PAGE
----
In the early years, students learn to subtract a smaller digit from a larger digit using a number line. Soon they realise, for example, that 5 - 2 has the same answer as 7 - 4, which is just (5 + 2) (2 + 2). Thus, adding the same digit to each number (minuend and subtrahend) in the original subtraction still leaves the same answer. This is important to understand before the next challenge arises, where they have to subtract 7 from 12, say. This can be done by rote or extending the number line, but thinking students should be more satisfied by:
12 - 7 = (12 + 3) - (7 + 3) = 15 - 10 = 5
Next comes two-digit subtraction, and there is usually no problem with 96 - 52, since it is a pair of one-digit subtractions. However 61 - 37 is a bit more difficult and three methods have been promoted in the past.
The first 'trading' method is to trade one 'ten' from the 'ten's' part of 61. This 'ten' is traded for 10 'ones' and added to the 1 forming:
61 - 37 = (50 + 11) - (30 + 7) = (50 - 30) + (11 - 7) = 20 + 4 = 24
The second 'borrow and pay back' method is to borrow ten to give to the 1 and then 'pay it back' to the 30 forming:
61 - 37 = (60 + 11) - (40 + 7) = (60 - 40) + (11 - 7) = 20 + 4 = 24
The second method comes up with the correct answer, but I am sure that it confuses the students and directs them unconsciously to just accept the process without understanding. Of course, primary school children do not use either method in the above forms with brackets; instead they have the subtrahend directly under the minuend and use crossing out and pre-indices to denote the trading used in Example 1. However, when they reach high school and are introduced to brackets, mainly through algebra, it is time to reflect on subtraction.
This brings me to the third method of subtraction which unfortunately is not well known. With this method there is never the need to either 'trade' or 'borrow and pay back'.
61 - 37 = (99 - 37) + 61 - 99 = 62 + 61 - 99 = 123 - (100 + 1) = 23 + 1 = 24
The steps are: subtract 37 from 99, then add the answer to 61 yielding 123. Then subtract 100 and add 1 (which looks like remove the one from the hundreds position and add it to the units). Only the simplest subtraction and basic addition have been used. Let us see how this third method handles more complicated subtractions. For example, consider:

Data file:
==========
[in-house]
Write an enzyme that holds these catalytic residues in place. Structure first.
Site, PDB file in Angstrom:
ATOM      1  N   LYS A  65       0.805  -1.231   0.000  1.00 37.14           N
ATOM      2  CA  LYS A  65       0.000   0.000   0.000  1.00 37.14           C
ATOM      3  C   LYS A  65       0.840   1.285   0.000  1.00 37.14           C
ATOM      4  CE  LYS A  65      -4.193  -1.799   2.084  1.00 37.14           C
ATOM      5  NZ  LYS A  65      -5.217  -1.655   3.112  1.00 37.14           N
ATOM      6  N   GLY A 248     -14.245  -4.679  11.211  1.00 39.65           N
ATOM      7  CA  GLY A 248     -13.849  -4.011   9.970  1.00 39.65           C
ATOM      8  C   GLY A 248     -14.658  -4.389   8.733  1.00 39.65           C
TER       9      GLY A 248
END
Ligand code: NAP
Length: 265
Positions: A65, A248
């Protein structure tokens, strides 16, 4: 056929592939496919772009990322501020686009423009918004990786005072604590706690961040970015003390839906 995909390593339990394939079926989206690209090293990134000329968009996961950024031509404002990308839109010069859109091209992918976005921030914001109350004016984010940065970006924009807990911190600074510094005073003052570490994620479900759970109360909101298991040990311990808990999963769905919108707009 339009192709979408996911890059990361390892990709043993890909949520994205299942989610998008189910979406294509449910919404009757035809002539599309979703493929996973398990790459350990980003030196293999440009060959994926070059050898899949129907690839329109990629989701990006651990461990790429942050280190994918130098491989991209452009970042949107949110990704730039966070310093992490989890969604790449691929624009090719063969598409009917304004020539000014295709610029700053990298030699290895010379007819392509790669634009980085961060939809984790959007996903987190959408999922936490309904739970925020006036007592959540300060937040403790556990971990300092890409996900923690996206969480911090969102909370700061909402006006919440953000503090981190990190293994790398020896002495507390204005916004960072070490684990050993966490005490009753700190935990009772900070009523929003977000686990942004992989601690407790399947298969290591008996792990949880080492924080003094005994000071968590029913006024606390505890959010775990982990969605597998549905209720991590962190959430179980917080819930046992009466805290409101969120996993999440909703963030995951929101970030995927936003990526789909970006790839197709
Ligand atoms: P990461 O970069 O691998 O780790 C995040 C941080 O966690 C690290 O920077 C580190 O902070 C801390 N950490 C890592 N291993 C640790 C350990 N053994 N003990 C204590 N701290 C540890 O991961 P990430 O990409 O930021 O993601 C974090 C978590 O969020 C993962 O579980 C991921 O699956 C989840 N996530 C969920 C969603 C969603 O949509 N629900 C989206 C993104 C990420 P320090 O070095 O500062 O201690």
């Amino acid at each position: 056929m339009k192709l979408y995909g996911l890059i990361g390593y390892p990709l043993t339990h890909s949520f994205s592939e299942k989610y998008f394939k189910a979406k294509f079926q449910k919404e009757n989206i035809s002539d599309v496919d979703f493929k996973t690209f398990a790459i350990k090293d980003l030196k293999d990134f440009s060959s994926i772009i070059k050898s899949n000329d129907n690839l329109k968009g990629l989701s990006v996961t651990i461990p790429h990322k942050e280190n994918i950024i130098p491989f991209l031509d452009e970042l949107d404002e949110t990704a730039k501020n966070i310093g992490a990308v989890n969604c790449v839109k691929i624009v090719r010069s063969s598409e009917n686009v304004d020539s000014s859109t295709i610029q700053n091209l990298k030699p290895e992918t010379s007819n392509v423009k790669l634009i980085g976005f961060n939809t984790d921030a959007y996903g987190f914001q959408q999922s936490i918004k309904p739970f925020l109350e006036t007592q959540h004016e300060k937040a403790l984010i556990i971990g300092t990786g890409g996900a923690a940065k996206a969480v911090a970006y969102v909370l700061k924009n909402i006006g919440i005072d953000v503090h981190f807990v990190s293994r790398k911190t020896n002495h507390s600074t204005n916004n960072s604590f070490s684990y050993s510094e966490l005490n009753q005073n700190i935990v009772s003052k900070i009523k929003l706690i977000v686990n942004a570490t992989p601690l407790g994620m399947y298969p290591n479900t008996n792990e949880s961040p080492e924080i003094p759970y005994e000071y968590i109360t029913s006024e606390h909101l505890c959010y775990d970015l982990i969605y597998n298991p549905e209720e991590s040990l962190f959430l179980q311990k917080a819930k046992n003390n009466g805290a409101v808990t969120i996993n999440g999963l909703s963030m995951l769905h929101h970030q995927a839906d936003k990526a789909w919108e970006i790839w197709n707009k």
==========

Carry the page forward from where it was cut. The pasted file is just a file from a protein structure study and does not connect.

6003 - 2987 Step 1: 9999 - 2987 = 7012 Step 2: 7012 + 6003 = 13 015 Step 3: 13 015 - 10 000 = 3015 Step 4: 3015 + 1 = 3016
Finally check, as in all subtraction problems, that the answer plus the subtrahend yields the minuend. Give your students some further examples such as 213 - 85. Should they use 99 or 999?
Discovery exercises involving subtraction
Consider any two-digit number with different digits. Reverse the digits and subtract the smaller number from the larger. Keep doing this to the answer each time until a pattern emerges. For example, consider 71.
71 - 17 = 54 54 - 45 = 09 (keeping the two-digit format) 90 - 09 = 81 81 - 18 = 63 63 - 36 = 27 72 - 27 = 45
Hence, we would just keep cycling round through these numbers ad infinitum.
To see why this is so, write the two-digit number as 10A + B, where A * B are different digits. Reverse subtraction yields either 9(A - B) or 9(B - A), and the result follows.
Next ask your students to consider any three-digit number with at least two different digits. Rewrite the digits in descending order as the minuend, and in ascending order as the subtrahend. Subtract, and keep doing this to the answer each time. Not what was expected? Why does this happen?
Now repeat the exploration for four-digit numbers. If the four-digit number is rewritten as 1000 A + 100 B + 10 C + D the suggested subtraction yields:
999 (A - D) + 90 (B - C).
Now (A - D) and (B - C) can only take integer values from 0 to 9. Ask your students to write out the possible answers. They should discover that there are only twenty that survive and when the process is repeated they all gravitate to one answer.
Anyone challenged to have a go at five-digit numbers?
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|Author:||de Mestre, Neville|
|Publication:||Australian Mathematics Teacher|
|Date:||Mar 22, 2018|
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